One of the foundations of Cognitive Behavior Therapy is that our thoughts affect our emotions. And much of what we think, even if we strongly believe our assumptions, may not be true.
Anger is one of many emotions fueled by our thoughts about the behavior of others. The stories we create in our minds may be complete fictions, but we rarely stop to consider alternate interpretations.
If someone cuts you off in traffic, say, how do you react? I doubt the first thing that comes to mind would be: “Oh, she must rushing to the ER because the police just called to say her teenager was hit by a car while crossing the street on the way to school.” More likely, you would be thinking, “ What an inconsiderate !!@**” Neither thought is truer than the other, yet your emotional response to each would likely be completely different.
Considering a possible backstory can be a powerful way to defuse a highly charged, negative emotional reaction.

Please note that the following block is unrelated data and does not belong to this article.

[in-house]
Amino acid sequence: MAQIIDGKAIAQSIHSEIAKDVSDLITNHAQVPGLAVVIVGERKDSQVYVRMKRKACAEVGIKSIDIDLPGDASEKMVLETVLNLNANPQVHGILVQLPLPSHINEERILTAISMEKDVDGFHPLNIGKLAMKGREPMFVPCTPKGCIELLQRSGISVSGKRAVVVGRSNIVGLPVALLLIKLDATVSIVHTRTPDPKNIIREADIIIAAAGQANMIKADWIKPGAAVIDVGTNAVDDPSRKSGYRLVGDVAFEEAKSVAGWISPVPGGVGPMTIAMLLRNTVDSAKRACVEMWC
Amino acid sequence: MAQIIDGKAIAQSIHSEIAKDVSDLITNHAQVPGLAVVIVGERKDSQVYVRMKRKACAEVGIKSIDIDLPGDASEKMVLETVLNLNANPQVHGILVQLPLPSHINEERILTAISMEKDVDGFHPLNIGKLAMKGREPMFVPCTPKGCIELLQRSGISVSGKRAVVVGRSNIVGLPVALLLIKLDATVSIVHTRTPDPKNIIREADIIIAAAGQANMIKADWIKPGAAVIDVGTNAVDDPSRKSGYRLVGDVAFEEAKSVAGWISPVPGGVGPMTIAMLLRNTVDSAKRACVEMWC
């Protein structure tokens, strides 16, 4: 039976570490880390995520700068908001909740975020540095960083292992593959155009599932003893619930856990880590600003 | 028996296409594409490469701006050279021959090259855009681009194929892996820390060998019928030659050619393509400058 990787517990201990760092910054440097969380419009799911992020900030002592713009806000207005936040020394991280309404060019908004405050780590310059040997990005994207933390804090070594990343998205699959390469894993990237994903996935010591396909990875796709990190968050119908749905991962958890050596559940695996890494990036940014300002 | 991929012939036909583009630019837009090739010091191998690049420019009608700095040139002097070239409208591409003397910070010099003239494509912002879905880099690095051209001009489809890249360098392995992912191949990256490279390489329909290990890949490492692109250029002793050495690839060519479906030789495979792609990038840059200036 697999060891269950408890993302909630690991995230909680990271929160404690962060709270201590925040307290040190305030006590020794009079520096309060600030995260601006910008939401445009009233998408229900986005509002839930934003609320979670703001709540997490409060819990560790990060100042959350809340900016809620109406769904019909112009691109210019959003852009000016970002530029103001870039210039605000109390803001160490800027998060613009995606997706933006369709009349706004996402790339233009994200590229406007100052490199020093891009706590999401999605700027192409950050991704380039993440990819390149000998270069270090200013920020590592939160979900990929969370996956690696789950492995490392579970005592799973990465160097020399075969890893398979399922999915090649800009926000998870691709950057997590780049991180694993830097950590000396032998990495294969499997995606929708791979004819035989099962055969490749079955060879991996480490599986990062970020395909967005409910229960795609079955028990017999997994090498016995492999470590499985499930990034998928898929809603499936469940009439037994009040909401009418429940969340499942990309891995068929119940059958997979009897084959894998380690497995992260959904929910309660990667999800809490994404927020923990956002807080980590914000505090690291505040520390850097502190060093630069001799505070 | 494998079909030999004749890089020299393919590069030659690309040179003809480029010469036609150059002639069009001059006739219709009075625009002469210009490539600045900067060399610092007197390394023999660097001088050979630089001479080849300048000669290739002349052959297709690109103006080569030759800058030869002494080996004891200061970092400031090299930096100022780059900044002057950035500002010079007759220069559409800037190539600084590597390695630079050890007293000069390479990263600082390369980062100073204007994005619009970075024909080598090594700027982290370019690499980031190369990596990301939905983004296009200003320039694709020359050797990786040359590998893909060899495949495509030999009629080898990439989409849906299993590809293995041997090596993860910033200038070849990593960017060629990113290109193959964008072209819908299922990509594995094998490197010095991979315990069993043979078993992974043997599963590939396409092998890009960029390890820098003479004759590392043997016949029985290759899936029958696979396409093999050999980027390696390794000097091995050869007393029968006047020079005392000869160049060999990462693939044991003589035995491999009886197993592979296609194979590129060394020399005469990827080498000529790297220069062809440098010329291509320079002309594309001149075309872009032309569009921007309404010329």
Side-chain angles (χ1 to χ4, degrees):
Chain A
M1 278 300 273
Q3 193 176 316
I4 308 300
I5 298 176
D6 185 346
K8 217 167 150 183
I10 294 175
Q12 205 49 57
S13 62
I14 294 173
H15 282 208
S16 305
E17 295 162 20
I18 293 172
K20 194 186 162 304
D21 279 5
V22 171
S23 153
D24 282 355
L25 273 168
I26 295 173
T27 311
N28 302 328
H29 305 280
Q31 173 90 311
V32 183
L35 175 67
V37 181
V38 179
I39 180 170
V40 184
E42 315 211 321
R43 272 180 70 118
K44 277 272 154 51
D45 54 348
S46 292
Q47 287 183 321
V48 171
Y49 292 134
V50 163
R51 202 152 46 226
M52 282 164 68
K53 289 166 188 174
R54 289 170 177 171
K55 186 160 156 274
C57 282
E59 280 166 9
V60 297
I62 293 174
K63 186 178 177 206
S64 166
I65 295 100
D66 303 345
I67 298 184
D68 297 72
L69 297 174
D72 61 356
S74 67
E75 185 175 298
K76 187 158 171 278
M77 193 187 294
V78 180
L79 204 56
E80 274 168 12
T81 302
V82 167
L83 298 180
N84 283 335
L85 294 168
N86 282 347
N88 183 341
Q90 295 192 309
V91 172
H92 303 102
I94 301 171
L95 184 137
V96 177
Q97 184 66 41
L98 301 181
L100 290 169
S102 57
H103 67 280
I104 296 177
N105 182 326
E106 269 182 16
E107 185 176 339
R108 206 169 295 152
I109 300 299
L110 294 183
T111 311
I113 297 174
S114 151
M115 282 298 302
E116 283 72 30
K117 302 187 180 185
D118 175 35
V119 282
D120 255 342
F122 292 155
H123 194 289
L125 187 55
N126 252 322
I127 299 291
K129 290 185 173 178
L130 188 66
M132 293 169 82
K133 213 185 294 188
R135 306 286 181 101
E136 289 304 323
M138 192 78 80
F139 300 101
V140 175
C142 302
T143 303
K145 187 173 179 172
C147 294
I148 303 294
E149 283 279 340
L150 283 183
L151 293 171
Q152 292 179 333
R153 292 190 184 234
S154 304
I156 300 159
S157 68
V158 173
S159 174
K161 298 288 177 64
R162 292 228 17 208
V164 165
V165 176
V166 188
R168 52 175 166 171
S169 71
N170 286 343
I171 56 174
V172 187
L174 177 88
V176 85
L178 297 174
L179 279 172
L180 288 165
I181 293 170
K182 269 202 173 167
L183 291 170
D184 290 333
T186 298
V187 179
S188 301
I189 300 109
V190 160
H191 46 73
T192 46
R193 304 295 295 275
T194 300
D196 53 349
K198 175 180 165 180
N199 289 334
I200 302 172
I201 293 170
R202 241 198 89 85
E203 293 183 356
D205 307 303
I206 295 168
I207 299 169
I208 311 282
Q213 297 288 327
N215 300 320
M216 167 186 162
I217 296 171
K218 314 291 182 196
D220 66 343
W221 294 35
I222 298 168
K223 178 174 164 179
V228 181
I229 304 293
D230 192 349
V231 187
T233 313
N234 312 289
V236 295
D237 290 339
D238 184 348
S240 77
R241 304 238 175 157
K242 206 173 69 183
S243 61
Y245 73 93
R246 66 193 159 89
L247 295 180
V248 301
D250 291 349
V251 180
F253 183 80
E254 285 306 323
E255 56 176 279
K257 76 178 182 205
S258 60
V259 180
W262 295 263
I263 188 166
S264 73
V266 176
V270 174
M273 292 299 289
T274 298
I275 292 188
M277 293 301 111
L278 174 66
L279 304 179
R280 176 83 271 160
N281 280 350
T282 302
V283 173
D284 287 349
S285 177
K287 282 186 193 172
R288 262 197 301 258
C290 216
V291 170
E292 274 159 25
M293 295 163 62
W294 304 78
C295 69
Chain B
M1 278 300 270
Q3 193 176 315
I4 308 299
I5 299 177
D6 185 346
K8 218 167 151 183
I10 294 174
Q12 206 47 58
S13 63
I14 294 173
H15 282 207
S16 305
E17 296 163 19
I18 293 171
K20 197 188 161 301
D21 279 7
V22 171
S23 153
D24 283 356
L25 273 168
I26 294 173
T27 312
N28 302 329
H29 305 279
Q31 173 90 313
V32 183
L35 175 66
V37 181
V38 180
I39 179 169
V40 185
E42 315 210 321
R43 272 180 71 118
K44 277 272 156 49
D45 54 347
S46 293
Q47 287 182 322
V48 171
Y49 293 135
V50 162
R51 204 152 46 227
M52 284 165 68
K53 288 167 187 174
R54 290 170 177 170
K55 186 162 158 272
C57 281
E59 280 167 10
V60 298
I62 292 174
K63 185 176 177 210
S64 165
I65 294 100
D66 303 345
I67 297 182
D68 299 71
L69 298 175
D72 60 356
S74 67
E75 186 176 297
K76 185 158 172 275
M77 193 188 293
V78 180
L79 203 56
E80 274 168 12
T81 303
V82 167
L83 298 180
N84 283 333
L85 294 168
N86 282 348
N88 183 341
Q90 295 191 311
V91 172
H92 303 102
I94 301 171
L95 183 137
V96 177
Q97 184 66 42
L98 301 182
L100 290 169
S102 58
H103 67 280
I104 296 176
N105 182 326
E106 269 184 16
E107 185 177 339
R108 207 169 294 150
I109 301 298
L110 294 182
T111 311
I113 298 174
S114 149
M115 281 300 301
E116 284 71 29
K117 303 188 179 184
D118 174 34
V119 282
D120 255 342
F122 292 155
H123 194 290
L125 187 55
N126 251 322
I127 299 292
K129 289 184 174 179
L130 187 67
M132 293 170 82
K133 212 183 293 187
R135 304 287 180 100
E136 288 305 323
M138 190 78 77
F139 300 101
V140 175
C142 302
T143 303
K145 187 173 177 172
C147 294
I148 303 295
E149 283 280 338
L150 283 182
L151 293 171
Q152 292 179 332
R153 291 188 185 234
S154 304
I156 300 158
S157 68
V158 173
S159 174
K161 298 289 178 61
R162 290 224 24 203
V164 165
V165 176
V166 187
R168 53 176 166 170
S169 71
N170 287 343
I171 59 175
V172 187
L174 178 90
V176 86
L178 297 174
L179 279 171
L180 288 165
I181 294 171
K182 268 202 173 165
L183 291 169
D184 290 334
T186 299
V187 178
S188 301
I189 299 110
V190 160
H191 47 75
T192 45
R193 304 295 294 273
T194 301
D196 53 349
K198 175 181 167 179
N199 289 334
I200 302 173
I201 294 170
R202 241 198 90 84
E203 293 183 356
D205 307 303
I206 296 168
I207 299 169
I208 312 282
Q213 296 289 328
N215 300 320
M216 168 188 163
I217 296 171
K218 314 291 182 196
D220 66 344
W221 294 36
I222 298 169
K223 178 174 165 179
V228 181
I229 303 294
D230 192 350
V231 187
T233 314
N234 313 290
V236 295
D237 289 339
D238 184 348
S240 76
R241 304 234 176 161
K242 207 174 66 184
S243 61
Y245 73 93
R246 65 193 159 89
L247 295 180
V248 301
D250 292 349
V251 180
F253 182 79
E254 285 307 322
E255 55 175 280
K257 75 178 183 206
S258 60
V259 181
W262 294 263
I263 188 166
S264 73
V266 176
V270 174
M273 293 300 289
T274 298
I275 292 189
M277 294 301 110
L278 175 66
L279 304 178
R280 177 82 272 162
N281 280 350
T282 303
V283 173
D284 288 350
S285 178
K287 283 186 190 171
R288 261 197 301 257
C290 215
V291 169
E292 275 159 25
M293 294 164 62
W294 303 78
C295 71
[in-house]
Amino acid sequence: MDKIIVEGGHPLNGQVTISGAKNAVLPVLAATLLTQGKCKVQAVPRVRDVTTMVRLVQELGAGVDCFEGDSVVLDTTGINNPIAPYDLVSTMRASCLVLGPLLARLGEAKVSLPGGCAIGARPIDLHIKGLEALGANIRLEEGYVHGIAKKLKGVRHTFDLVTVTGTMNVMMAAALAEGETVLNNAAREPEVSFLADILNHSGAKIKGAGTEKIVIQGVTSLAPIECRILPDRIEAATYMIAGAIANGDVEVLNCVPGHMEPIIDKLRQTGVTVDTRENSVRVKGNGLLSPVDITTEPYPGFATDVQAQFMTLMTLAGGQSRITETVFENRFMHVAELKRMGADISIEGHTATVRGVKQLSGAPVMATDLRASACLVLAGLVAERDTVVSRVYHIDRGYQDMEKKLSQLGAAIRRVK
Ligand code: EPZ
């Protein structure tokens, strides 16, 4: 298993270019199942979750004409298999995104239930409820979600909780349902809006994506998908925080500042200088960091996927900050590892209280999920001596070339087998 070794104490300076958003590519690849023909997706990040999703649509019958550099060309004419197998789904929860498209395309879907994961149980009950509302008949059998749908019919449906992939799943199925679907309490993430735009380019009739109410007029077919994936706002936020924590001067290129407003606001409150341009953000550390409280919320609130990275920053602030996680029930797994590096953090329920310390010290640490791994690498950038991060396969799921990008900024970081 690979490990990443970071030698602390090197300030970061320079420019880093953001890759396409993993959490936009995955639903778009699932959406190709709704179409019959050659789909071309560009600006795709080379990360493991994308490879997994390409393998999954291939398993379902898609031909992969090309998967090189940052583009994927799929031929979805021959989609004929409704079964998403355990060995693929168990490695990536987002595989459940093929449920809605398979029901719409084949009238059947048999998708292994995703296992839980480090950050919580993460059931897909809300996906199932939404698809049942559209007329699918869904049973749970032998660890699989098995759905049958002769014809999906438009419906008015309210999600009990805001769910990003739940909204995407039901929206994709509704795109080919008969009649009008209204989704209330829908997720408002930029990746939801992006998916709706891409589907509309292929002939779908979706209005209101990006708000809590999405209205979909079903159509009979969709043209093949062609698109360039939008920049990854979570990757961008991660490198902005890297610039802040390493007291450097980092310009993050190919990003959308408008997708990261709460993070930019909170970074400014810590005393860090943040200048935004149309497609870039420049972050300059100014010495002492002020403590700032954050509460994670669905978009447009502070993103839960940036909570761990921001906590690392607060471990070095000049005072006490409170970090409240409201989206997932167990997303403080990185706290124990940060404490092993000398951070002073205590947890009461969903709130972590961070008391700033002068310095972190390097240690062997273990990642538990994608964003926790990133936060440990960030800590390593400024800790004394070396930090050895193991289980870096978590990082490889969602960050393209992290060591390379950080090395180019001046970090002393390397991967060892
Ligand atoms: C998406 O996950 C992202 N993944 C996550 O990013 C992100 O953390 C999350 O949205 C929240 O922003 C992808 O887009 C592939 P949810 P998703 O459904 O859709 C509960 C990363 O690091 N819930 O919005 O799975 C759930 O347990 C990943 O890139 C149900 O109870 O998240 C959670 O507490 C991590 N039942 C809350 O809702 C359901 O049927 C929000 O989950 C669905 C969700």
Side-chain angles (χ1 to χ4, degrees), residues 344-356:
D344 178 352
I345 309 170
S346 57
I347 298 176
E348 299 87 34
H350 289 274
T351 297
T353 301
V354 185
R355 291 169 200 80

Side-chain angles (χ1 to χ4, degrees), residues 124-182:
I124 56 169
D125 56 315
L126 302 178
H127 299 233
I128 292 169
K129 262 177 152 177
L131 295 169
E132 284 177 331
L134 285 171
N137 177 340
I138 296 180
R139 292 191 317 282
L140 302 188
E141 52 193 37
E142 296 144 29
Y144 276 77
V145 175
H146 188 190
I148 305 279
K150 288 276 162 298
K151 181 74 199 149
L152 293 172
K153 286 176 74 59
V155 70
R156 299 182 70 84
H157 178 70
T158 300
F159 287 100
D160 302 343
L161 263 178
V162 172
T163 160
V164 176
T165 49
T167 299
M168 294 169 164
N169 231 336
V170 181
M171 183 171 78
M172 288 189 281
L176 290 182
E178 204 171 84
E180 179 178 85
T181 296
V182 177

I recently had the opportunity to experience such a change in perspective when I learned some new information about my dog Roland, a three-year-old Labrador Retriever we adopted when he was just one. He had spent the first year of his life as an outside dog in rural Louisiana, so kitchen appliances, stairs, and traffic all provoked frenzied barking and mouthing, drawing blood or ripping clothing if an arm or leg was in close proximity. He also came to us with multiple medical problems and partial blindness, all of which contributed to his arousal.